Erosion of old organic carbon in the Mackenzie River Basin

Regions: Gwich'in Settlement Area

Tags: physical sciences, water quality, sediment, organic carbon

Principal Investigator: Hilton, Robert G (6)
Licence Number: 16106
Organization: Durham University
Licenced Year(s): 2017 2013 2011 2010 2009
Issued: Jun 02, 2017
Project Team: Robert Hilton (Principle Investigator, Durham University), Edward Tipper (Co-Investigator, Cambridge University), Mathieu Dellinger (Co-Investigator, Durham University)

Objective(s): To better quantify the carbon source, age and fate in one of the largest rivers draining the high latitudes.

Project Description: The objective of this research is to better quantify the carbon source, age and fate in one of the largest rivers draining the high latitudes.

The research team will sample river sediments and waters to establish temporal variability in OC source and age. The team will target high and falling flow (in June) when most sediment and water are exported. The research team will directly measure velocity profiles, channel cross-sections and water discharge using an Acoustic Doppler Current Profiler (ADCP), providing detailed constraints on the hydrodynamics of sediment transport to compliment the Environment Canada water discharge measurements. At all sites the team will collect at least 6 river depth profiles (i.e. 1 per week). Custom built Van-Dorn depth samplers will be used to collect samples near the surface which reflect fine grained, clay mineral dominated sediments, and the progressively coarser material carried closer to the river each profile consists of 5-6 discrete samples, whose depths are selected based on the water velocity profile data provided by the ADCP at time of sampling. These have been previously used on the Mackenzie River and other large rivers to provide unique insight on sediment and particulate organic carbon (POC) source. They also allow the team to collect large samples (8 L) with abundant material (4 g per sample) for a range of analyses.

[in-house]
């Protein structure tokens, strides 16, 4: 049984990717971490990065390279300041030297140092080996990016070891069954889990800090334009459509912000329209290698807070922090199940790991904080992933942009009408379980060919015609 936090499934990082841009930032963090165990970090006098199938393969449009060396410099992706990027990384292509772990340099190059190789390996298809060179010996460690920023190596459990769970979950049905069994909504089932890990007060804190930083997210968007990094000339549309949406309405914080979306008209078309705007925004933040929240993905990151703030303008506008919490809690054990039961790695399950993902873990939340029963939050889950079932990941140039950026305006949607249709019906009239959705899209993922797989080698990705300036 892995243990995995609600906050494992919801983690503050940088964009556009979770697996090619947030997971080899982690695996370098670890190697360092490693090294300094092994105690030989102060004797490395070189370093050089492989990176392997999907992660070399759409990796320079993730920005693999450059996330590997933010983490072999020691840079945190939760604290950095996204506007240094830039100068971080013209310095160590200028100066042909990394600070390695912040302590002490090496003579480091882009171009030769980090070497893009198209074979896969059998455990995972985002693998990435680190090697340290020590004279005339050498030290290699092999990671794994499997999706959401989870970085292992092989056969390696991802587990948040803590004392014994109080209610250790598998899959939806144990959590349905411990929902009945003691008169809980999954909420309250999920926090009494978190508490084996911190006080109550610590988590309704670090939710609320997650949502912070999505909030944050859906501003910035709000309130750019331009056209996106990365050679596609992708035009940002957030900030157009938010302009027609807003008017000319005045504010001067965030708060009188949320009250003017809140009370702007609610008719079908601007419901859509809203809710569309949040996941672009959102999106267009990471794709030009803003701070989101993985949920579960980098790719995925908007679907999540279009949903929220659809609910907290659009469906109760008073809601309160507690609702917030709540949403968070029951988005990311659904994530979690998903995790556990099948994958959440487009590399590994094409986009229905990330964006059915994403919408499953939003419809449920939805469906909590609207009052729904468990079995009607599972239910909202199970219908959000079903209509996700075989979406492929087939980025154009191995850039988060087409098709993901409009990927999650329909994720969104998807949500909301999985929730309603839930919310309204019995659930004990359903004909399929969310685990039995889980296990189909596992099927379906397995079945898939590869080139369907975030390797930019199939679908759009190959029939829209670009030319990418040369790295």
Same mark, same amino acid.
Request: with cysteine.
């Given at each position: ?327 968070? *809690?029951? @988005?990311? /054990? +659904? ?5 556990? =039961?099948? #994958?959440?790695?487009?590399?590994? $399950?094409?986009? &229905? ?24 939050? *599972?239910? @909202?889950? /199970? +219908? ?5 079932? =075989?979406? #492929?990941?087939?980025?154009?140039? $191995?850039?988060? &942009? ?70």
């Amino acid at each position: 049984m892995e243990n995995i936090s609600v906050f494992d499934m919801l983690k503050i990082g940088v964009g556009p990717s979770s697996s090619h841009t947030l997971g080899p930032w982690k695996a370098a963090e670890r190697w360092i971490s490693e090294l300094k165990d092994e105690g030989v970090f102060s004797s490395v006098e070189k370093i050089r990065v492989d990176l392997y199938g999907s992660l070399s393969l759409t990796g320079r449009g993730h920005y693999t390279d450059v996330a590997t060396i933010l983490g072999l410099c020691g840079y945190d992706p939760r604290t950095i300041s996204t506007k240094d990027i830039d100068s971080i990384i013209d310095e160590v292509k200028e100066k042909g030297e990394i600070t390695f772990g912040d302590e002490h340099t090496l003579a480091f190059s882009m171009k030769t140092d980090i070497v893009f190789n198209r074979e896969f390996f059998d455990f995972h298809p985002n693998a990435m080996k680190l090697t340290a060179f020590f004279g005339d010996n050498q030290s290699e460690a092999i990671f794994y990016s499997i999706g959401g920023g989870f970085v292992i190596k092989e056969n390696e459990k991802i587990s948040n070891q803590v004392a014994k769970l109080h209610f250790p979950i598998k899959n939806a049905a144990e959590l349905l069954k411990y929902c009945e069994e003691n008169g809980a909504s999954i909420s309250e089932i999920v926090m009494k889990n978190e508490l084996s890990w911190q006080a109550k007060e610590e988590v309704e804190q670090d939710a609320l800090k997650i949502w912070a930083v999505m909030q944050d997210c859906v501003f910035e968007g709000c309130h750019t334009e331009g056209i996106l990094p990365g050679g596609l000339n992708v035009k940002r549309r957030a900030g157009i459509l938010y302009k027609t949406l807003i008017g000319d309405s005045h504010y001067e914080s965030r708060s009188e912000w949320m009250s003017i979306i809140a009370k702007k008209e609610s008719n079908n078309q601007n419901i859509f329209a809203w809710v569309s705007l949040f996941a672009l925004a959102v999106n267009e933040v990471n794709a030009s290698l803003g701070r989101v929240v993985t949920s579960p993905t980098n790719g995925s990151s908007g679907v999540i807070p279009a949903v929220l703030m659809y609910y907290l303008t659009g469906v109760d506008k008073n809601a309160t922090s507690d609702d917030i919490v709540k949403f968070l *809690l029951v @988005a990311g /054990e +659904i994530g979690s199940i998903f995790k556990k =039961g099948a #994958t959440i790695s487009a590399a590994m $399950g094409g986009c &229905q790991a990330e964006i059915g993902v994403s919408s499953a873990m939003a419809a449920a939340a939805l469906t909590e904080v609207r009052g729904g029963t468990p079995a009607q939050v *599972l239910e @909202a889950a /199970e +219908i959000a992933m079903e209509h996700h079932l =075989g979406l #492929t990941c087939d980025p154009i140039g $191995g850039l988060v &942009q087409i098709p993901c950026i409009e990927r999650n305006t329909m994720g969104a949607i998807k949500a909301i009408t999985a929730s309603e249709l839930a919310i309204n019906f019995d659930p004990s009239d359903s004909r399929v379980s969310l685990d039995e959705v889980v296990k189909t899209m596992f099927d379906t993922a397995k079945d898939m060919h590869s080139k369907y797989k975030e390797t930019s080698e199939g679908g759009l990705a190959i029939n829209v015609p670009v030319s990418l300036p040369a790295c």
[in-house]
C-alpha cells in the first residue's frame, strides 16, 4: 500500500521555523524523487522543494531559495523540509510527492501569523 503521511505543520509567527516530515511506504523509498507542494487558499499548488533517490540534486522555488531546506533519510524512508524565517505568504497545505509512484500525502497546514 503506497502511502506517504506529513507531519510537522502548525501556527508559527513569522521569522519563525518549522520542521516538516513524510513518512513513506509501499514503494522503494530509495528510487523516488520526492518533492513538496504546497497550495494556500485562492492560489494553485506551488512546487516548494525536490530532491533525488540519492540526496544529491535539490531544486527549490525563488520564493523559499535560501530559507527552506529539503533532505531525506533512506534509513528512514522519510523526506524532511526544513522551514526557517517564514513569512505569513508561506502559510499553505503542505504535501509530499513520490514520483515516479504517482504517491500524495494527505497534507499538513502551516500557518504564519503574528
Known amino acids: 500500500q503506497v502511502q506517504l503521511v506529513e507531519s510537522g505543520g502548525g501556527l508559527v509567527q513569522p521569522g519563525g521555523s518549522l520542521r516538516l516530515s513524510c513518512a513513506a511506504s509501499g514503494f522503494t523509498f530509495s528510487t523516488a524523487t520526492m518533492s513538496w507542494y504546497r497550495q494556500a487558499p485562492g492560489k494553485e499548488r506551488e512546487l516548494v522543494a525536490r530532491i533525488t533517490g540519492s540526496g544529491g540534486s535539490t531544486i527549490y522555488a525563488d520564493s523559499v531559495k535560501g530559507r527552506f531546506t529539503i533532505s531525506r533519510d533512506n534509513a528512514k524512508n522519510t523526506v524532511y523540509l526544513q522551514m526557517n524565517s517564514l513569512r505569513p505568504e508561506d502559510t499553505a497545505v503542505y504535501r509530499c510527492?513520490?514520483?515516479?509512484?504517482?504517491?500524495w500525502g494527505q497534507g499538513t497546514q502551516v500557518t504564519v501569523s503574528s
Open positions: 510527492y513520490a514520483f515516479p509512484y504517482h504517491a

River water samples will be filtered within 24 hours using custom built 142 mm diameter filter units developed by the research team. These provide samples suitable for inorganic and organic isotopic analyses on sediments and water which can be stored for decades for future research projects. Filtered water will be stored in acid pre-cleaned bottles and shipped to the UK for storage. Suspended sediments will be decanted to pre-combusted glass vials, shipped to the UK and freeze dried. These methods are suitable for a large range of organic and inorganic elemental and isotopic analyses, including analysis of trace metals which may be of environmental interest to those in the community.

As part of this three year project, the research team look to collect time series water samples from the Peel River at Fort McPherson.

The research team will take time to explain the approach and the methods and answer any questions people may have. The team will then revisit communities to explain findings as the project moves forward. Summaries in non-technical language will be provided to explain the main findings that have been made.

The fieldwork for this study will be conducted from June 2, 2017 to June 30, 2017.